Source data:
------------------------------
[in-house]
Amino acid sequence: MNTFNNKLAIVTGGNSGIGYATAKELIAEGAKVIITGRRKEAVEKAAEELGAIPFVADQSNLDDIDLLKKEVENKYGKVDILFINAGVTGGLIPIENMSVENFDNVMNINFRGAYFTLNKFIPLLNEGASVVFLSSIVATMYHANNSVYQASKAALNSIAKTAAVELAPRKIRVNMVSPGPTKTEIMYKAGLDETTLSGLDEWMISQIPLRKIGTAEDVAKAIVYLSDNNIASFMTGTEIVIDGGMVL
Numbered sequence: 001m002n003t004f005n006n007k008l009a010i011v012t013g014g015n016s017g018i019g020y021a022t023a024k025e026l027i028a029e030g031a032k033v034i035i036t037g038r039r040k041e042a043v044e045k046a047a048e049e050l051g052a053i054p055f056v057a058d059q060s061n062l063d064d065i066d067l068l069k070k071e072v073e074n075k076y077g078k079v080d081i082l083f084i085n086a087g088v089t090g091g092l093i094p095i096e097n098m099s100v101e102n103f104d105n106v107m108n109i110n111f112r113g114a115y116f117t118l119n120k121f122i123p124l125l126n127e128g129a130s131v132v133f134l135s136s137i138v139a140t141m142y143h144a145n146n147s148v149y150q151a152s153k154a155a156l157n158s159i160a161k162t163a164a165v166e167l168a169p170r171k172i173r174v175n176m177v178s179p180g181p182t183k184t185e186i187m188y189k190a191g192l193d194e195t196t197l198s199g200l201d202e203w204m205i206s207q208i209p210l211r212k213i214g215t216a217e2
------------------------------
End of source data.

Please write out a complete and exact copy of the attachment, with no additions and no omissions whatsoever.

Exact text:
[in-house]
Amino acid sequence: MNTFNNKLAIVTGGNSGIGYATAKELIAEGAKVIITGRRKEAVEKAAEELGAIPFVADQSNLDDIDLLKKEVENKYGKVDILFINAGVTGGLIPIENMSVENFDNVMNINFRGAYFTLNKFIPLLNEGASVVFLSSIVATMYHANNSVYQASKAALNSIAKTAAVELAPRKIRVNMVSPGPTKTEIMYKAGLDETTLSGLDEWMISQIPLRKIGTAEDVAKAIVYLSDNNIASFMTGTEIVIDGGMVL
Numbered sequence: 001m002n003t004f005n006n007k008l009a010i011v012t013g014g015n016s017g018i019g020y021a022t023a024k025e026l027i028a029e030g031a032k033v034i035i036t037g038r039r040k041e042a043v044e045k046a047a048e049e050l051g052a053i054p055f056v057a058d059q060s061n062l063d064d065i066d067l068l069k070k071e072v073e074n075k076y077g078k079v080d081i082l083f084i085n086a087g088v089t090g091g092l093i094p095i096e097n098m099s100v101e102n103f104d105n106v107m108n109i110n111f112r113g114a115y116f117t118l119n120k121f122i123p124l125l126n127e128g129a130s131v132v133f134l135s136s137i138v139a140t141m142y143h144a145n146n147s148v149y150q151a152s153k154a155a156l157n158s159i160a161k162t163a164a165v166e167l168a169p170r171k172i173r174v175n176m177v178s179p180g181p182t183k184t185e186i187m188y189k190a191g192l193d194e195t196t197l198s199g200l201d202e203w204m205i206s207q208i209p210l211r212k213i214g215t216a217e2